Phil Crampton

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Phil Crampton
Phil Crampton.jpg
Phil Crampton at Everest Base Camp in Tibet, May 2012
Born Nottingham, United Kingdom
Occupation Mountaineer, Expedition Leader

Philip James Crampton, commonly known as Phil Crampton, is a British born mountaineer and expedition leader, and owner of the mountaineering company Altitude Junkies.

Mountaineering[edit]

Crampton's climbing achievements include successful ascents of Everest (6 times), Cho Oyu (7 times) and Manaslu (3 times). He has led more than 30 expeditions to 8000m peaks, including Everest from both the Nepalese and Tibetan sides, Broad Peak, Cho Oyu, Gasherbrum I, Gasherbrum II, Manaslu and Shishapangma.[1][2]

Crampton was an expedition leader with the mountaineering operators SummitClimb and Mountain Madness before setting up his own company, Altitude Junkies, in 2002. With Jon Otto he helped to set up the Tibet Mountaineering Guide School in Lhasa to train native Tibetans in the skills needed to guide mountaineering expeditions, and he taught there for many years.[3][4][5]

Expedition resumé[edit]

Crampton has led expeditions to the following mountains:

Rescues on Everest[edit]

Crampton was involved in the rescue of the Australian mountaineer Lincoln Hall, who was found alive high up on Everest's Northeast Ridge in 2006 after spending a night above 8,500 metres (27,887 ft). Hall had been left for dead and his death reported in the Australian press before he was found by members of the SummitClimb expedition team the following morning. Crampton's precise role in the incident remains unclear.[7] Previously in the expedition Crampton had aborted his attempt at 8,610 metres (28,248 ft) at the Second Step to bring down a team mate, Juan Pablo, who had been struck down with cerebral edema, and of his own rescue Hall described him as "the unsung hero of that morning".[8] In 2010 he assisted in the rescue of a commercial client Mike Herbert after he became ill with high-altitude cerebral edema (HACE) at 8,700 metres (28,543 ft) on Everest's Southeast Ridge.[9]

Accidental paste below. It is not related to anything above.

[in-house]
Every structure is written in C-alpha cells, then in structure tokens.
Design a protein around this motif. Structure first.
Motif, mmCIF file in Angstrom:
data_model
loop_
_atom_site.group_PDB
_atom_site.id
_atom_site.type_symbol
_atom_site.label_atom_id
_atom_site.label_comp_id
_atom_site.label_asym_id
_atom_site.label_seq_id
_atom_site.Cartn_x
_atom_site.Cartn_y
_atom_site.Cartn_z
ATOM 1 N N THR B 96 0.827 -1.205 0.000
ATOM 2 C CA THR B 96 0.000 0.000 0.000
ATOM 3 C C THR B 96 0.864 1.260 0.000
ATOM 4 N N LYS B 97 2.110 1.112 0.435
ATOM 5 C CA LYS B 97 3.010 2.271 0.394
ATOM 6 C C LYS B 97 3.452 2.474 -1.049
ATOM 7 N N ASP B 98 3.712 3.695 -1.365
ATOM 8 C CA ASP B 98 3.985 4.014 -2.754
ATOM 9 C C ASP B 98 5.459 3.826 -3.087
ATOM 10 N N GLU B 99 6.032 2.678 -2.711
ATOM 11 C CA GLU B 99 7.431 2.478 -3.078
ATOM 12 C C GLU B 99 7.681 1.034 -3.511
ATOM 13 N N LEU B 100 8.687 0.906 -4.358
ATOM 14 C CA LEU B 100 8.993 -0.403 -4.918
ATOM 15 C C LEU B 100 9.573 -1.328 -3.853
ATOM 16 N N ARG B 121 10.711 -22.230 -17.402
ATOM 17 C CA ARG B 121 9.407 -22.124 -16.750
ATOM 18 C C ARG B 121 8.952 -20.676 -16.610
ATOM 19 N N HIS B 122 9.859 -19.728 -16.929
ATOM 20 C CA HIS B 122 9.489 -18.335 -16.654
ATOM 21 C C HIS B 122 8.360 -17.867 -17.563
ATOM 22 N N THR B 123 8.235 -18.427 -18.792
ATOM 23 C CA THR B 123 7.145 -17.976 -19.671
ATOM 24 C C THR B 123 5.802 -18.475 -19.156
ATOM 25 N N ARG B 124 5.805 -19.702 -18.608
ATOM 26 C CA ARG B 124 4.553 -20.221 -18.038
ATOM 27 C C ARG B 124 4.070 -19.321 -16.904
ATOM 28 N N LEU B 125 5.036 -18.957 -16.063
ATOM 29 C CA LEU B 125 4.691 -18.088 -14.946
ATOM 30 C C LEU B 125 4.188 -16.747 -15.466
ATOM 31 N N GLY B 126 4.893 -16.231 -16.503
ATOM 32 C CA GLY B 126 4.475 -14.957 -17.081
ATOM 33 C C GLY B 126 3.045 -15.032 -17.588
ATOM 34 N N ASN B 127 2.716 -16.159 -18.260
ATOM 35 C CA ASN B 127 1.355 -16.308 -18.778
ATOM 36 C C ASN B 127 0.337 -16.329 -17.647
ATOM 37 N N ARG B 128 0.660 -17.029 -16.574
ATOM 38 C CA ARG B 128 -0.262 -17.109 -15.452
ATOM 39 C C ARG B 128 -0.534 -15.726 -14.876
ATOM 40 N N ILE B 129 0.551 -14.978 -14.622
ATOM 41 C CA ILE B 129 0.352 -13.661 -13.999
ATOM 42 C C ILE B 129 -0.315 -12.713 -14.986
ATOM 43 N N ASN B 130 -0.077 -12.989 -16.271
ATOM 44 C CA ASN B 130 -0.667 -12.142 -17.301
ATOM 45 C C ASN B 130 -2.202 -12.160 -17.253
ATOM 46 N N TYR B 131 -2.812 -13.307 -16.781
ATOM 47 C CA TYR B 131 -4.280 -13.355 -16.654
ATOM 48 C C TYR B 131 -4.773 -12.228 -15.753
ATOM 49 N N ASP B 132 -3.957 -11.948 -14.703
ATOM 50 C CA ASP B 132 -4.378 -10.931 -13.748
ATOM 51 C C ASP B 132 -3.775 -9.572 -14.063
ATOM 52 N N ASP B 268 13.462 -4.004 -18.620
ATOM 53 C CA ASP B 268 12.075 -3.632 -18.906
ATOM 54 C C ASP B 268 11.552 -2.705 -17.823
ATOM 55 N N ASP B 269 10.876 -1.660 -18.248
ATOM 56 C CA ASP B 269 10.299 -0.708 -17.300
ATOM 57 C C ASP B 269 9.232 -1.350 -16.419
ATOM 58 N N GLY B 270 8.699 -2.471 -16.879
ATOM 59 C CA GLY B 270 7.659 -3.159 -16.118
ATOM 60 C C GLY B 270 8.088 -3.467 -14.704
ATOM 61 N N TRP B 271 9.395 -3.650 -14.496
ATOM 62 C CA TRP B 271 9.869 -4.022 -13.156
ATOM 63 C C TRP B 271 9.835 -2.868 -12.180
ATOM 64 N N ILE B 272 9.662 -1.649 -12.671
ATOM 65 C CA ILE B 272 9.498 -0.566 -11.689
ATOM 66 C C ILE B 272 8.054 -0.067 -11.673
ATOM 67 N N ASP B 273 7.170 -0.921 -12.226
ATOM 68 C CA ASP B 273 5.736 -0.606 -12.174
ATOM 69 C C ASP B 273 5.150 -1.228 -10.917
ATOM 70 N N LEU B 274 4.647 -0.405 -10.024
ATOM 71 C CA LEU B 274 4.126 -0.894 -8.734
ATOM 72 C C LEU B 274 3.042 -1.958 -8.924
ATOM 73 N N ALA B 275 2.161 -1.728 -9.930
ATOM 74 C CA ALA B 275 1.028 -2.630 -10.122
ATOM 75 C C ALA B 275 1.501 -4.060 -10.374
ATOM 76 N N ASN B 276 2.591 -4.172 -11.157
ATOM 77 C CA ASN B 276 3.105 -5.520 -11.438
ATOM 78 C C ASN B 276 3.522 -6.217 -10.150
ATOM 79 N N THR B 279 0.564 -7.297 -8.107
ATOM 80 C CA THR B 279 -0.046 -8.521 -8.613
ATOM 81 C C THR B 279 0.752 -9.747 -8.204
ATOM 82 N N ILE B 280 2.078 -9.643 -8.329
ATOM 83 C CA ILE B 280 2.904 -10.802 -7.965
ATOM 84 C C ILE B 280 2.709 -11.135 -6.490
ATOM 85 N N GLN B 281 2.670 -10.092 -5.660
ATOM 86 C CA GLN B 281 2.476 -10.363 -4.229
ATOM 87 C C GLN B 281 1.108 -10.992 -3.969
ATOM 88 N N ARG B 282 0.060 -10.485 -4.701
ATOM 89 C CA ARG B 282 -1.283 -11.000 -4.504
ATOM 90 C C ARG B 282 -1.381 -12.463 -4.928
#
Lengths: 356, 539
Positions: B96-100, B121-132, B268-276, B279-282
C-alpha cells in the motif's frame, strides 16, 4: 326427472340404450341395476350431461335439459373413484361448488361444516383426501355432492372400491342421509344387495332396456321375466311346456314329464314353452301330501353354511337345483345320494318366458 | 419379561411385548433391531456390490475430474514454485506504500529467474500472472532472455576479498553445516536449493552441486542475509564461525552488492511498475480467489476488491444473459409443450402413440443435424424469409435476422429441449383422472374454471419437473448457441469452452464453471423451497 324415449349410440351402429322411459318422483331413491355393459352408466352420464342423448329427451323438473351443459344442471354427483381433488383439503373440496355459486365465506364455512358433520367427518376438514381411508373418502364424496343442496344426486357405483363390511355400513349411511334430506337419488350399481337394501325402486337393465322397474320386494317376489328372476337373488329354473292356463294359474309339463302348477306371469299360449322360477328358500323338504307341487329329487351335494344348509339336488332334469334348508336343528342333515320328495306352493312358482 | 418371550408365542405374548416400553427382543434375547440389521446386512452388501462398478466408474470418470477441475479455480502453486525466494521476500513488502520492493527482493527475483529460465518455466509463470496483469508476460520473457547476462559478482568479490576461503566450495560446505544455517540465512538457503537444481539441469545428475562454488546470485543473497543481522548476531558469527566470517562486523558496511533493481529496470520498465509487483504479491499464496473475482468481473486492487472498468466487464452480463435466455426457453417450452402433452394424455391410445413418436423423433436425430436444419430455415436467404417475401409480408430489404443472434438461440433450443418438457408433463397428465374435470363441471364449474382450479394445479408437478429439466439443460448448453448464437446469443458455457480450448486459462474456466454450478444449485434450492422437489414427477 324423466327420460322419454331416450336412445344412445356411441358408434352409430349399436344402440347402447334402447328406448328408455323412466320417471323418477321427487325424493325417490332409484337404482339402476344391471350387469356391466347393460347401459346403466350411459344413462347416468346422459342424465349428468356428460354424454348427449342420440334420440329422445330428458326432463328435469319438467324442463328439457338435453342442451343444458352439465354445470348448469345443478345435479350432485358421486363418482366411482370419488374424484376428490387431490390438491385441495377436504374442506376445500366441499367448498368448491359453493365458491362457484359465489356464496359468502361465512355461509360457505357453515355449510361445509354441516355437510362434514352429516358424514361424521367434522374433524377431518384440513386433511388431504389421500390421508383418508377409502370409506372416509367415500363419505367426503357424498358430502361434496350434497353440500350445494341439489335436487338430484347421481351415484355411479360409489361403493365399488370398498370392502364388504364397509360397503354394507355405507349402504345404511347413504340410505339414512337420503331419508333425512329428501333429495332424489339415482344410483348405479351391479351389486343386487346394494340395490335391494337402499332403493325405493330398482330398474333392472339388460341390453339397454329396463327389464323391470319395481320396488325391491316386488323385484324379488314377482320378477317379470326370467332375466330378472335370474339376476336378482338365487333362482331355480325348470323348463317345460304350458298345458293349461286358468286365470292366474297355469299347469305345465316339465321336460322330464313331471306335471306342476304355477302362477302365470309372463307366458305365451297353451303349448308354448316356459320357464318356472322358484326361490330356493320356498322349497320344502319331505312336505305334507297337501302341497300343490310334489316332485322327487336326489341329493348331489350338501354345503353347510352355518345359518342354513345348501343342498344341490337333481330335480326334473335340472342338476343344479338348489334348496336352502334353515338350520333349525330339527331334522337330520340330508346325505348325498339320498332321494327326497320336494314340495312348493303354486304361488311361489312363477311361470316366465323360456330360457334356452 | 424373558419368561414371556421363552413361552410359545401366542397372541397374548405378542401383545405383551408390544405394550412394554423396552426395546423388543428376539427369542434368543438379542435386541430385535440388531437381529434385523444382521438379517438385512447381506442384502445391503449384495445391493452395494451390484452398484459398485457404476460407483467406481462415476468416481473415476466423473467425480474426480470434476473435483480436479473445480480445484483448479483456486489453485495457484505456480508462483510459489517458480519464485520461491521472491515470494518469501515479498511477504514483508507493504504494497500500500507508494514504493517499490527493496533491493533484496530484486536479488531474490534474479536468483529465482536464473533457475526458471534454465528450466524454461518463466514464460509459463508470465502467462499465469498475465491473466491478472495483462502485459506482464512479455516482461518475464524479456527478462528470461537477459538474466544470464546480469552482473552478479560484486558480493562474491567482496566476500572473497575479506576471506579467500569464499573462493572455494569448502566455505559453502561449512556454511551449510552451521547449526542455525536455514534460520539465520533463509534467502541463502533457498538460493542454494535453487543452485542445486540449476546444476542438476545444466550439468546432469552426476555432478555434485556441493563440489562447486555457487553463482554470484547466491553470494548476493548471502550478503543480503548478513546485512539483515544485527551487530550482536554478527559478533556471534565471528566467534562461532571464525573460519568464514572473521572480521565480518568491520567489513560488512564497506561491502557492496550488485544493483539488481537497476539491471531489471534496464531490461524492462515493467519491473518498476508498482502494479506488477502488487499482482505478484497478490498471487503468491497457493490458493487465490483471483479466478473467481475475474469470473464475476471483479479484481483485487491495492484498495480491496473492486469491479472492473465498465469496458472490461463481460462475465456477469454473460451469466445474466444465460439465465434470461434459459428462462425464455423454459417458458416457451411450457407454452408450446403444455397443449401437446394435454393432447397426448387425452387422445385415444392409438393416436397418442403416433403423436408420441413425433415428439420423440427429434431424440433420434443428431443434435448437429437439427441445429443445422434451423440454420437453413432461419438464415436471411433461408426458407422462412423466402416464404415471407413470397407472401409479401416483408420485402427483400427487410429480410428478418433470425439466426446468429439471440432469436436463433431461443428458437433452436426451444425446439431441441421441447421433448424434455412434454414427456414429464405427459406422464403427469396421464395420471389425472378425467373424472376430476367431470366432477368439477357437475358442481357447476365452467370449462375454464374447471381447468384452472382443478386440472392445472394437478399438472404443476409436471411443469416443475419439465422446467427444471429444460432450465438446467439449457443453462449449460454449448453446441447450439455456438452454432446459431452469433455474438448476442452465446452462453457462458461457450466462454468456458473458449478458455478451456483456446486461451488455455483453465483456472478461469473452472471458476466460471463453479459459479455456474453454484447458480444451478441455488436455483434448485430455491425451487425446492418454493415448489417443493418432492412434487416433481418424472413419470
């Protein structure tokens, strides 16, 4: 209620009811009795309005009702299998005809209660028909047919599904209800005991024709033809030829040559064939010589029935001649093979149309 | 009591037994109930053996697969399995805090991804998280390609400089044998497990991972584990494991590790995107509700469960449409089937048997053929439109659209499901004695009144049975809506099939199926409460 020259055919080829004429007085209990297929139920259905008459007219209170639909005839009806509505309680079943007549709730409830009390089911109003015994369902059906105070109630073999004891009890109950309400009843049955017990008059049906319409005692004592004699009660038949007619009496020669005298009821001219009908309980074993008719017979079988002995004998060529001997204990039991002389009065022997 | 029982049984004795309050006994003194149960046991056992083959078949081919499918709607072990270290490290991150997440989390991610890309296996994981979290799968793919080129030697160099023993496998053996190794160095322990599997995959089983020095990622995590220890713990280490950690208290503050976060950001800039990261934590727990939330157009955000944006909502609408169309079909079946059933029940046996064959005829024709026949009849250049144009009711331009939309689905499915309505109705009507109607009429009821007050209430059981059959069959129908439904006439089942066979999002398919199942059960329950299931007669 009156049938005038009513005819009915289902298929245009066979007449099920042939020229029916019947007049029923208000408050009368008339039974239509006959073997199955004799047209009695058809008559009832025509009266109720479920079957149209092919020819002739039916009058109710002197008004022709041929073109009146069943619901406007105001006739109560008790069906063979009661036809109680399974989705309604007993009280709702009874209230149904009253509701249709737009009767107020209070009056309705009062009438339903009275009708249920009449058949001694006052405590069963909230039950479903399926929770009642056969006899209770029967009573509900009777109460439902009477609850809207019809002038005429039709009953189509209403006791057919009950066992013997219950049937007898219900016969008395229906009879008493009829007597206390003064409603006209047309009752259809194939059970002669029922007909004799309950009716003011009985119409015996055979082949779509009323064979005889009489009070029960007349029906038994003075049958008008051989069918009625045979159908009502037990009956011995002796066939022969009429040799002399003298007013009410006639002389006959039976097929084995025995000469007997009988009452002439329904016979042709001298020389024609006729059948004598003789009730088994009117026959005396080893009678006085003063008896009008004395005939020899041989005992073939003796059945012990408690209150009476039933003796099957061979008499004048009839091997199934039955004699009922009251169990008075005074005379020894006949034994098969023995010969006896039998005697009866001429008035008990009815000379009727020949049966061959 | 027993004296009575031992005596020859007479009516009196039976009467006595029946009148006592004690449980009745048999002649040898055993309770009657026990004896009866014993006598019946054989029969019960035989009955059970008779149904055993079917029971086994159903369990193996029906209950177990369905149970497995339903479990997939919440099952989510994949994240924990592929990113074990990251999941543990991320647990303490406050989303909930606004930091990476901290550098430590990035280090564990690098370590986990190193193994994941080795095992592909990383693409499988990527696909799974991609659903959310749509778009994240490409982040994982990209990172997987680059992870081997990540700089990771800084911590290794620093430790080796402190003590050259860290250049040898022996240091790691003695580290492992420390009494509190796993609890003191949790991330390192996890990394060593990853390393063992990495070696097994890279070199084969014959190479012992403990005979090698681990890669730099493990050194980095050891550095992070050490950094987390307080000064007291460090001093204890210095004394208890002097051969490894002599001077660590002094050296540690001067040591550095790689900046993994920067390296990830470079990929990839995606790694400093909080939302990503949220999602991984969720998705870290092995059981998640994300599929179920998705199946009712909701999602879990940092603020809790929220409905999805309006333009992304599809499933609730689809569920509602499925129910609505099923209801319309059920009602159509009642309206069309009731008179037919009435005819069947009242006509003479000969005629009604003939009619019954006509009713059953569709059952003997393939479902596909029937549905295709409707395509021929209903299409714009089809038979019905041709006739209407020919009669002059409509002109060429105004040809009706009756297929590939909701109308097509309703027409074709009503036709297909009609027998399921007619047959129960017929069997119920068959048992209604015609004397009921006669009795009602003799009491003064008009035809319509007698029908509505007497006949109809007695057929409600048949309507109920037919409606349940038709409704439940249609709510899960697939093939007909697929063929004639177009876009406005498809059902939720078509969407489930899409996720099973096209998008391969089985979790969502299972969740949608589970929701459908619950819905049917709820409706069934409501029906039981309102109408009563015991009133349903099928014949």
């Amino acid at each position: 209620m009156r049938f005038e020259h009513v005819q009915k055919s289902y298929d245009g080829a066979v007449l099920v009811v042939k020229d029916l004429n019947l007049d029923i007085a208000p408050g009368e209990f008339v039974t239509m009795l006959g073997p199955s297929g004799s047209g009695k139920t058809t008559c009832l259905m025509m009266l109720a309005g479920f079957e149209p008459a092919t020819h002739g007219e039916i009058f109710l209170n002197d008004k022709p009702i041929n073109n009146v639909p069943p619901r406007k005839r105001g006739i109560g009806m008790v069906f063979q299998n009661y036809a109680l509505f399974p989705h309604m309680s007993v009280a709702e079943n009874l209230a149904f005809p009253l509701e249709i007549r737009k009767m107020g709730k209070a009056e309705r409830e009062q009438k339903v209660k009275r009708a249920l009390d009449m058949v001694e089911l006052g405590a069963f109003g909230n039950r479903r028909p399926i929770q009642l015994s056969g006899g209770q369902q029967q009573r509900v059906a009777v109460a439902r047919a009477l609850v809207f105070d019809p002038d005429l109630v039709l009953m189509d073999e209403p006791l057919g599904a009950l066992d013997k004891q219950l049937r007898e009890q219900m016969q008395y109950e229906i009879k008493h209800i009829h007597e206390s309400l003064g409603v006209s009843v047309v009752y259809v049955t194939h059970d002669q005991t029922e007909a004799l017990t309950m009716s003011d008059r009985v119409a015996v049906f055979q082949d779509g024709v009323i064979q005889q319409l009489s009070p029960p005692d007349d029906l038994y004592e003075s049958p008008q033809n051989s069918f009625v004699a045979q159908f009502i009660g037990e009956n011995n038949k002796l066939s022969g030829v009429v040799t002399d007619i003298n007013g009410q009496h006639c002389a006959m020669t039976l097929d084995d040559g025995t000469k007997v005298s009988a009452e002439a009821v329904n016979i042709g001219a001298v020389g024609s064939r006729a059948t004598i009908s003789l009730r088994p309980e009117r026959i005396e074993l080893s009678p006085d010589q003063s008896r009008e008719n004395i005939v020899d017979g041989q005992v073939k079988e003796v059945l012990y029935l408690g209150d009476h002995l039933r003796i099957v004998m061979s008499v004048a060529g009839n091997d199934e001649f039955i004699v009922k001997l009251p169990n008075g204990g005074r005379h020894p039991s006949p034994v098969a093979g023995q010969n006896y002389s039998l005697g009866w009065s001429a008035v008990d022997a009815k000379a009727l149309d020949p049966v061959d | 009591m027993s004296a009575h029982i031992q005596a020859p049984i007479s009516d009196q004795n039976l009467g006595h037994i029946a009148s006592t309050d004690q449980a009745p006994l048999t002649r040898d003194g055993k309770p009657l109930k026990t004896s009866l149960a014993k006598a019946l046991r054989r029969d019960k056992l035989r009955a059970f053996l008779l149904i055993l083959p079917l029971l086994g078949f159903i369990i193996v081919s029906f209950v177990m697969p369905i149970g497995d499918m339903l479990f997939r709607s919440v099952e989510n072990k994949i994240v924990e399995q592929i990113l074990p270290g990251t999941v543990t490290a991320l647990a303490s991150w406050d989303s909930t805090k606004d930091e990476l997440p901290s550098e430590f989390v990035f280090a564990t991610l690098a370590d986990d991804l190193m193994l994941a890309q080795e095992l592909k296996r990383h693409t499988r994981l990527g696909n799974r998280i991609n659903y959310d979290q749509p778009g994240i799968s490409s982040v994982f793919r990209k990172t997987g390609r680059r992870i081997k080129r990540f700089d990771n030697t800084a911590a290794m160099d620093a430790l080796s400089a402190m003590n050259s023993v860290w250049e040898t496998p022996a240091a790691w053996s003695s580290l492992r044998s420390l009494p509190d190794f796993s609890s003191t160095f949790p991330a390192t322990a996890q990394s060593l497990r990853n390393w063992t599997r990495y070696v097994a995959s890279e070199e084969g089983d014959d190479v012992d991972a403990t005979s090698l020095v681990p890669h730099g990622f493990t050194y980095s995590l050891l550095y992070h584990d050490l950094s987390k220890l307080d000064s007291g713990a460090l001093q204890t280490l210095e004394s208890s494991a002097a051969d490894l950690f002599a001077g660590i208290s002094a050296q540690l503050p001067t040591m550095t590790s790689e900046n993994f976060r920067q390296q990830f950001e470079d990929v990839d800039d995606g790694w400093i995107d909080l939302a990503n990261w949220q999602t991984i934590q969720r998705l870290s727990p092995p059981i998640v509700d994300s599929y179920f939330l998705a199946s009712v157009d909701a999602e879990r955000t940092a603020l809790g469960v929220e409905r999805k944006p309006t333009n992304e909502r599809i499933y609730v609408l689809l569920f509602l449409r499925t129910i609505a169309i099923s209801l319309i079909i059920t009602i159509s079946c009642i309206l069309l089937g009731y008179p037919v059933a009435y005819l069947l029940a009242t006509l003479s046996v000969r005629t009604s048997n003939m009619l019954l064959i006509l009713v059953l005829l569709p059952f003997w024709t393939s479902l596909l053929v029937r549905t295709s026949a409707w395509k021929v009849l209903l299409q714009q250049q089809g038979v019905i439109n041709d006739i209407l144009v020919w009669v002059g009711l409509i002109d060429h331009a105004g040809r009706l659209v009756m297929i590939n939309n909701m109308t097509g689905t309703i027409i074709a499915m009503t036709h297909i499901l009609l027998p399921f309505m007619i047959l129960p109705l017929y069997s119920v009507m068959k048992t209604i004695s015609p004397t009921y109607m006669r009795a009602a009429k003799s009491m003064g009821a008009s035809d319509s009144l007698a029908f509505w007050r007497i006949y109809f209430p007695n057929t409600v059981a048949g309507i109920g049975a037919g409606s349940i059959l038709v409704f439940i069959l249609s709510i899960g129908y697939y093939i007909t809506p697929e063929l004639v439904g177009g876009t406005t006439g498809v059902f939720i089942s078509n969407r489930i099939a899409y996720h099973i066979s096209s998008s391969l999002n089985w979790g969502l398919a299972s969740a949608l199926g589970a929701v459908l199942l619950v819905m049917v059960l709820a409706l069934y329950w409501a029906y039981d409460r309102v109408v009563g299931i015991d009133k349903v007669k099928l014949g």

Personal life[edit]

Crampton was born in Nottingham, England, and when not on expedition divides his time between Kathmandu and Woodstock, New York, both of which he calls home.[10] He is married to an American, Trish Crampton.[citation needed] He is proud of his Nottingham heritage, and describes his heroes as the mountaineer Doug Scott, the fashion designer Paul Smith, and the former Nottingham Forest football manager Brian Clough, all of whom had roots there.[11]

See also[edit]

External links[edit]

References[edit]

  1. ^ "Altitude Junkies Leaders". Altitude Junkies website. Retrieved 9 September 2013. 
  2. ^ "Phil Crampton Interview". Mount Everest the British Story. Retrieved 9 September 2013. 
  3. ^ "Why Altitude Junkies is my choice for the 8000m peaks". Footsteps on the Mountain blog. Retrieved 9 September 2013. 
  4. ^ "Everest 2012: A Preview of the North Side". The Blog on alanarnette.com. Retrieved 9 September 2013. 
  5. ^ "Altitude Junkies News". Altitude Junkies website. Retrieved 9 September 2013. 
  6. ^ "Altitude Junkies Leaders". Altitude Junkies website. Retrieved 9 September 2013. 
  7. ^ Heil, Nick (2009). Dark Summit: The Extraordinary True Story of Everest's Most Controversial Season. Virgin Books. pp. 216–218. ISBN 978-0-753-51570-9. 
  8. ^ Hall, Lincoln (2007). Dead Lucky: Life after death on Mount Everest. Random House Australia. pp. 146, 394. ISBN 978-1-741-66461-4. 
  9. ^ "Everest 2010 Expedition Dispatches". Altitude Junkies website. Retrieved 9 September 2013. 
  10. ^ "Phil Crampton Interview". Mount Everest the British Story. Retrieved 9 September 2013. 
  11. ^ "Phil Crampton Interview". Mount Everest the British Story. Retrieved 9 September 2013.